I play in a local surf trio who have released an independent CD and we have been inspired by the airplay, sales, and response from rock’n’roll and surf music radio programs, bands and audiences worldwide. OK, so here in Melbourne like most bands, we play intermittent gigs to small crowds in small pubs, which we enjoy. However, on an international scale we are contributing to a world wide scene, a huge and fantastic niche market, where community radio programs are play listing our music alongside a host of surf related bands from the early 1960’s up to the present day, putting our music and the reason we play and record it into context. We have been picked up across the Netherlands, Belgium, Portugal, France, Russia, Canada and a gamut of community and college based stations right across the US, and placed on weekly rotation from Portland Oregon’s KBOO down to Phil Dirt’s Reverb Central in Santa Cruz, up to Rochester’s WITR, across to New York’s WNYU and WFMU, down to KSYM in San Antonio, Texas, and across the borders to some crazy surf cats in Brazil, Uruguay and Argentina, all of which have vibrant surf / live rock’n’roll / festival / community radio scenes. It’s great to exchange information and your love of the music while making sales and touring contacts for the future, all the while filling them in on what the scene in Australia, and in particular Melbourne has to offer.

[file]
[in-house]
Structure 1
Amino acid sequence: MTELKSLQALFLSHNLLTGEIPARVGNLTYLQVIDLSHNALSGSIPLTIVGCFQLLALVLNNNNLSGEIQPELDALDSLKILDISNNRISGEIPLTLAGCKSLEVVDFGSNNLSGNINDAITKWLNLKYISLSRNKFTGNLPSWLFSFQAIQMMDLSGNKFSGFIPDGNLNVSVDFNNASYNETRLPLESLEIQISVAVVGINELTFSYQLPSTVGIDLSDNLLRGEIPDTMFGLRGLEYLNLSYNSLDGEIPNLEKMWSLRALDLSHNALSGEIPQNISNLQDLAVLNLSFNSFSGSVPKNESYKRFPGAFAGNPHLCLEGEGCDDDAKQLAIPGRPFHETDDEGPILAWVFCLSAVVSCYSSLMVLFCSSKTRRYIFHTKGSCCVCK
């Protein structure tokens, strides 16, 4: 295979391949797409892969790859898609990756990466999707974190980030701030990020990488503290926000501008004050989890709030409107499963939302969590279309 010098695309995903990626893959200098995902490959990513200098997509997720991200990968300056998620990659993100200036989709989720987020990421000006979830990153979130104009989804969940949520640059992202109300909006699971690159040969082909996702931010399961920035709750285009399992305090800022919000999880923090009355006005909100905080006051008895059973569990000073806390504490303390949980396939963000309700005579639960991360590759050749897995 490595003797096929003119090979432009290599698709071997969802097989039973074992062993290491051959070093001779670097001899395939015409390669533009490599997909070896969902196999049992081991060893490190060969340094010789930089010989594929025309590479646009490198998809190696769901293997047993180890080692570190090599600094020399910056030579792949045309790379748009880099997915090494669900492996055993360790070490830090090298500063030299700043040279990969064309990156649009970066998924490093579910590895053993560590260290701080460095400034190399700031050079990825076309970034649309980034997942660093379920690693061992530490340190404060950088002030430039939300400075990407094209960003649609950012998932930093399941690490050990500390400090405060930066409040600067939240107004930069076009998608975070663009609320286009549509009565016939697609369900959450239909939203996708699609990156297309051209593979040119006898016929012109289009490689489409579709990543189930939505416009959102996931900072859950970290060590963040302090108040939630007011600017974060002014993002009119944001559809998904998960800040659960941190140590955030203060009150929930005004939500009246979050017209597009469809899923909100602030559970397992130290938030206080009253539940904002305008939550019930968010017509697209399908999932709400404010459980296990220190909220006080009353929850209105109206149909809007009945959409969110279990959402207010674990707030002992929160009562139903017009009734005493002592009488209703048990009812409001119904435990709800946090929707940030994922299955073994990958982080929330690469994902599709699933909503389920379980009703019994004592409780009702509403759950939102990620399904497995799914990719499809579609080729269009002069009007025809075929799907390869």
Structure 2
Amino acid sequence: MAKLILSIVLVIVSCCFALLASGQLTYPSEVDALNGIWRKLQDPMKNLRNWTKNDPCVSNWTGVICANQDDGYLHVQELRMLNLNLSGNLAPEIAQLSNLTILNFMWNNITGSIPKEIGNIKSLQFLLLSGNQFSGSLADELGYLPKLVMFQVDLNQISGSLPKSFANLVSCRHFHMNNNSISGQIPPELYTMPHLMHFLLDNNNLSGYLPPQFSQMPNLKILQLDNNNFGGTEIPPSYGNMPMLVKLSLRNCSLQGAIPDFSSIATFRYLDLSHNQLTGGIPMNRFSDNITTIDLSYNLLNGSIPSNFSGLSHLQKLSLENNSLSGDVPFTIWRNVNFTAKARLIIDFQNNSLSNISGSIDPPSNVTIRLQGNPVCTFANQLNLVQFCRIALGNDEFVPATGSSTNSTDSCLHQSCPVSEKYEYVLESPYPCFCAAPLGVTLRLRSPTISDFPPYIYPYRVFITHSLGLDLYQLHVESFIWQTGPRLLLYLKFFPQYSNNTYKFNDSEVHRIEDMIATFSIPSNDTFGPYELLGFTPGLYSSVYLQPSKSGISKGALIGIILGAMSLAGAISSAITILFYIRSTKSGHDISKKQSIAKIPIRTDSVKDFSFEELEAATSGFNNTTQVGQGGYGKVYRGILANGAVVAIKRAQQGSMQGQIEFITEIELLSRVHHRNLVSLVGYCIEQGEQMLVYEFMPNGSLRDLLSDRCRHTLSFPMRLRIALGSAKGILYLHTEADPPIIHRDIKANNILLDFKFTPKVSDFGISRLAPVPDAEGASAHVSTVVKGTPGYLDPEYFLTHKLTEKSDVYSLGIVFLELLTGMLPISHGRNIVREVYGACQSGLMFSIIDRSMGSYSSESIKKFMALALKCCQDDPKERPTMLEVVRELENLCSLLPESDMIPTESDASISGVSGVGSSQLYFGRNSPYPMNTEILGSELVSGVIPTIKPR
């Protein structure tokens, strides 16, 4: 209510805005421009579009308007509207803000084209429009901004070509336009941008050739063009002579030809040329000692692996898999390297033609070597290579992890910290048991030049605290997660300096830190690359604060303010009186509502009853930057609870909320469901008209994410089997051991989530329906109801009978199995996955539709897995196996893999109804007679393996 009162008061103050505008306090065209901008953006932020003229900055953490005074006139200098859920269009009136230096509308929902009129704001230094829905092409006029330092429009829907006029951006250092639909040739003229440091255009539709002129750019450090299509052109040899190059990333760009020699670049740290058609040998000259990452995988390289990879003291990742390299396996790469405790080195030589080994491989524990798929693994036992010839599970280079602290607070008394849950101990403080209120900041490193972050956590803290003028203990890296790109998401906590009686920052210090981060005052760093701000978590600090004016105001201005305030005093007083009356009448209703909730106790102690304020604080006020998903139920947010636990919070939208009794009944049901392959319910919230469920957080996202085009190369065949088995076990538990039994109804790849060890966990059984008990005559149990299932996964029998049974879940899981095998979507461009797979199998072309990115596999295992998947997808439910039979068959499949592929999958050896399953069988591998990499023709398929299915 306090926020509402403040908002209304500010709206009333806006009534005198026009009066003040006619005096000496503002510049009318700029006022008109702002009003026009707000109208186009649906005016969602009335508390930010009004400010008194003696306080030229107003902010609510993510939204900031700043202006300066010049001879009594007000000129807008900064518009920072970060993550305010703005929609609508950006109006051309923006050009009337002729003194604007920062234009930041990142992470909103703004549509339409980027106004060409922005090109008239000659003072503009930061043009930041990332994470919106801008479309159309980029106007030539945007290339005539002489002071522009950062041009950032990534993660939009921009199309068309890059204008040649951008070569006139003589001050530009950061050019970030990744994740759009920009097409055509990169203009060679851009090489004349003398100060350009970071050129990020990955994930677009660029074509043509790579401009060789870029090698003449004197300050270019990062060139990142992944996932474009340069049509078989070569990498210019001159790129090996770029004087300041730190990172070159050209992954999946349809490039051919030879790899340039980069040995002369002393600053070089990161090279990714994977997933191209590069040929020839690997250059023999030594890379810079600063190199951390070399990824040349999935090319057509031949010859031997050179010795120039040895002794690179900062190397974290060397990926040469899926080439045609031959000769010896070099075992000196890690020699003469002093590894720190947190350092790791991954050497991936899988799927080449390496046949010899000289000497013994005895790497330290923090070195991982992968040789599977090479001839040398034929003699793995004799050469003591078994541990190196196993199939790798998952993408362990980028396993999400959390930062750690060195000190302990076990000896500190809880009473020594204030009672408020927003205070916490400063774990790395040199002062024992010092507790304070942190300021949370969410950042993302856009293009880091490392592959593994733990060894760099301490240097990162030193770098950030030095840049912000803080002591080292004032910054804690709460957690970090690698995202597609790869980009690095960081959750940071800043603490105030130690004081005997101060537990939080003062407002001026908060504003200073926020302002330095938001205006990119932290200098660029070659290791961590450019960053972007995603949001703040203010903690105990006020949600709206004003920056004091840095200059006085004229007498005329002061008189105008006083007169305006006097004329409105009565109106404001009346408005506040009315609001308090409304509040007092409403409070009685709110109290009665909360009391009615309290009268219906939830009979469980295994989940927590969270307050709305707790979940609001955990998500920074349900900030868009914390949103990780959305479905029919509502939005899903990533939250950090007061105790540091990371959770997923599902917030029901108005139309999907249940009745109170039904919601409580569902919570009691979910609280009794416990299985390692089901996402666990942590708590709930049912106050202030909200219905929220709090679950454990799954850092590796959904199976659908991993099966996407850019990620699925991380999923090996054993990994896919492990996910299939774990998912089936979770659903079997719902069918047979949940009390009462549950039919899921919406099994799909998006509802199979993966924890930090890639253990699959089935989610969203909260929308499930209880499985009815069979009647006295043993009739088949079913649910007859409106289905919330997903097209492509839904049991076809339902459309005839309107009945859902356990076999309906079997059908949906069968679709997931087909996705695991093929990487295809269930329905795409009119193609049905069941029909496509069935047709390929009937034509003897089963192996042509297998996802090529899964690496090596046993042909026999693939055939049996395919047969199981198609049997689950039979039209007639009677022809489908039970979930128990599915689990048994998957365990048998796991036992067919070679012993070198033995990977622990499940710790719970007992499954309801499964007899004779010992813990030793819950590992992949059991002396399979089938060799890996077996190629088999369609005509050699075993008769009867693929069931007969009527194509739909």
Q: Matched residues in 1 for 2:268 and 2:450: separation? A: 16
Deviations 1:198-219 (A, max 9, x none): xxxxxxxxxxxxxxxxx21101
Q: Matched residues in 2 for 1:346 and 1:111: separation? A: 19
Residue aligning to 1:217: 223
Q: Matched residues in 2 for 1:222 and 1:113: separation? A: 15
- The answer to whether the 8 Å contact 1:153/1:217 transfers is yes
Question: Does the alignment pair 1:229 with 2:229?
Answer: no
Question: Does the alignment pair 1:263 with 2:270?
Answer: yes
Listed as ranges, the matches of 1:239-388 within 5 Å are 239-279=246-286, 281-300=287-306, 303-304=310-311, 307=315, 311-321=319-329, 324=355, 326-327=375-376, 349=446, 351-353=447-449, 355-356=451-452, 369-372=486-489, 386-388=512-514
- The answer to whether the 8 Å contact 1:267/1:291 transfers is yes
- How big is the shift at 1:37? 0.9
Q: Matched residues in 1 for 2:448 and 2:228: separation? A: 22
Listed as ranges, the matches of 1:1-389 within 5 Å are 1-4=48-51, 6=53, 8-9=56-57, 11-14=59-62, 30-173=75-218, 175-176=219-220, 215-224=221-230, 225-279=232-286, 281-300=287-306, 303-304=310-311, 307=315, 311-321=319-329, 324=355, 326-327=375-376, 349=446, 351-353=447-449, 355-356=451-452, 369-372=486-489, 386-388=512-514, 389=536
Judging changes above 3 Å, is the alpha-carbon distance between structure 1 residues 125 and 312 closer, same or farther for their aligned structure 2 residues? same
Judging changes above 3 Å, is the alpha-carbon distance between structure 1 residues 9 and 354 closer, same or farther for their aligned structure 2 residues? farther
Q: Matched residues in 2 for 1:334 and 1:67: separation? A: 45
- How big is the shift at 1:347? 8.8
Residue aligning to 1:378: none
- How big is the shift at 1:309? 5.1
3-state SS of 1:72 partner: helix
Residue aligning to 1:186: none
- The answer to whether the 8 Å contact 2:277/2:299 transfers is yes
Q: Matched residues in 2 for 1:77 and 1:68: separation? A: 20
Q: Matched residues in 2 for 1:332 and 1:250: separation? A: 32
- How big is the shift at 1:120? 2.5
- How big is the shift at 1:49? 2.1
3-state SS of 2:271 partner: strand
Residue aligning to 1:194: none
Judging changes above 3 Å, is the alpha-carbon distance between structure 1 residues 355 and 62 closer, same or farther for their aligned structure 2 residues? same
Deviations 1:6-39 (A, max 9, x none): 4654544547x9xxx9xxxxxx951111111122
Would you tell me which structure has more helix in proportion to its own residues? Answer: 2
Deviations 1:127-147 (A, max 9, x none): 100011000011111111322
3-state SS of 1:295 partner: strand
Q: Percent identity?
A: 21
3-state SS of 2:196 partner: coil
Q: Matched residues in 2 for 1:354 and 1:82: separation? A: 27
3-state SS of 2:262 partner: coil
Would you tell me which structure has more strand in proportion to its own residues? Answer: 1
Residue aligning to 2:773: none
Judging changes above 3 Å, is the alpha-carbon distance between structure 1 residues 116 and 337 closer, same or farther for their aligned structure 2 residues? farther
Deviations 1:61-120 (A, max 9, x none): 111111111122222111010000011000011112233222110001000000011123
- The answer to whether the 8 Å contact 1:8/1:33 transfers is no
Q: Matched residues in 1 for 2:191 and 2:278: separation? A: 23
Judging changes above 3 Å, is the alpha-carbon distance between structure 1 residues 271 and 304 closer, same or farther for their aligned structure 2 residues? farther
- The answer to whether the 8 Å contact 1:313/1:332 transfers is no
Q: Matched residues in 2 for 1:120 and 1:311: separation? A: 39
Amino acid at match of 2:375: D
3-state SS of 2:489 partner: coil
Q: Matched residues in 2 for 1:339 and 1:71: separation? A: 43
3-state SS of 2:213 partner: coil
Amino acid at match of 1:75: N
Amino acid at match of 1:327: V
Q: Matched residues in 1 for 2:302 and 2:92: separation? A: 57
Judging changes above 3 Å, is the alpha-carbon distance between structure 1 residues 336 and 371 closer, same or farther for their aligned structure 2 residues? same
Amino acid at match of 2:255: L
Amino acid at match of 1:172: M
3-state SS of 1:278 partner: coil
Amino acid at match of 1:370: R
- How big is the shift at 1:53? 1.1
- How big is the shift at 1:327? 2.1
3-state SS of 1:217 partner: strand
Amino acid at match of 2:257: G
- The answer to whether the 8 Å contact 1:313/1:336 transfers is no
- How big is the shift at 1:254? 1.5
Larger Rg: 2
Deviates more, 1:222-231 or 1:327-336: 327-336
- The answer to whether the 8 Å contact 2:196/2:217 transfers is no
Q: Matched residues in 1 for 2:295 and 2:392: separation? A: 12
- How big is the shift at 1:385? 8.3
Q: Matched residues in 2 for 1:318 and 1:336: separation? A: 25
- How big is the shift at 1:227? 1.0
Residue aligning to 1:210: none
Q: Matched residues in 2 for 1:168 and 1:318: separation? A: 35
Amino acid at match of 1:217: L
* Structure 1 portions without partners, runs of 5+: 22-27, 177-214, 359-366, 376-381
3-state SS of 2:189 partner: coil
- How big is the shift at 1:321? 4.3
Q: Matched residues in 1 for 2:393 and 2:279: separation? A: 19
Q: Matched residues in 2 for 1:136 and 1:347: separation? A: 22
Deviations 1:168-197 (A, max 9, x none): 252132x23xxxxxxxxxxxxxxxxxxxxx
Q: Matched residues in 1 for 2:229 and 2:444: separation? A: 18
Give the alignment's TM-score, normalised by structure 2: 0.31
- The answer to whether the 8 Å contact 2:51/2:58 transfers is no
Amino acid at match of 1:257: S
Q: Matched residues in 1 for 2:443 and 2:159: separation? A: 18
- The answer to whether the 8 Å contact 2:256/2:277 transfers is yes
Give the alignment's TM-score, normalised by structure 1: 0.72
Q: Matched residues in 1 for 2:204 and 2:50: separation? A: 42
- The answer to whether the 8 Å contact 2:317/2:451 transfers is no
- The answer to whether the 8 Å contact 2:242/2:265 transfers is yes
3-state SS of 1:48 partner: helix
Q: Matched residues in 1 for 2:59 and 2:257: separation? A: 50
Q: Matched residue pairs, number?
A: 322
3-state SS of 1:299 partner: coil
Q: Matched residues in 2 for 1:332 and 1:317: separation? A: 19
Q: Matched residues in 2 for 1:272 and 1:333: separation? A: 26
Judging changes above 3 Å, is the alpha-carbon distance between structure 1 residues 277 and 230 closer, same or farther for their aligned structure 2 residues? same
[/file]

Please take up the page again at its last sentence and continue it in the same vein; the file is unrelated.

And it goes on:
And what does it take? Well, it takes what it’s always taken; a dose of DIY ethos as espoused in those fantastic old Maximum Rock’n’Roll magazines. The “Book Your Own Fuckin’ Life!” issues were basically global indie music address books listing punk bands, helpful dudes, share houses, squats and other accommodation, venues, street press, cheap eats and all round info to get you where you’re going while rockin’ out and on the skids.

So, relax, cut out the middleman and create your own down and dirty contact list. Surf the web for like-minded radio, bands and record stores and start making contact. The rest is easy, follow-up with snail mail and get your shit outta here par avion - a simple promotional pack including a biography (one page max!) poster, stickers, whatever, and of course your CD, and you’ll be forking out less than $4.00 all up for delivery anywhere on the planet. Yeah, it ain’t rocket science, but if you’re gonna promote your product, make it a celebration. The worldwide community radio network, DJ’s, bands and music fans will thank you for it. So what are you waiting for?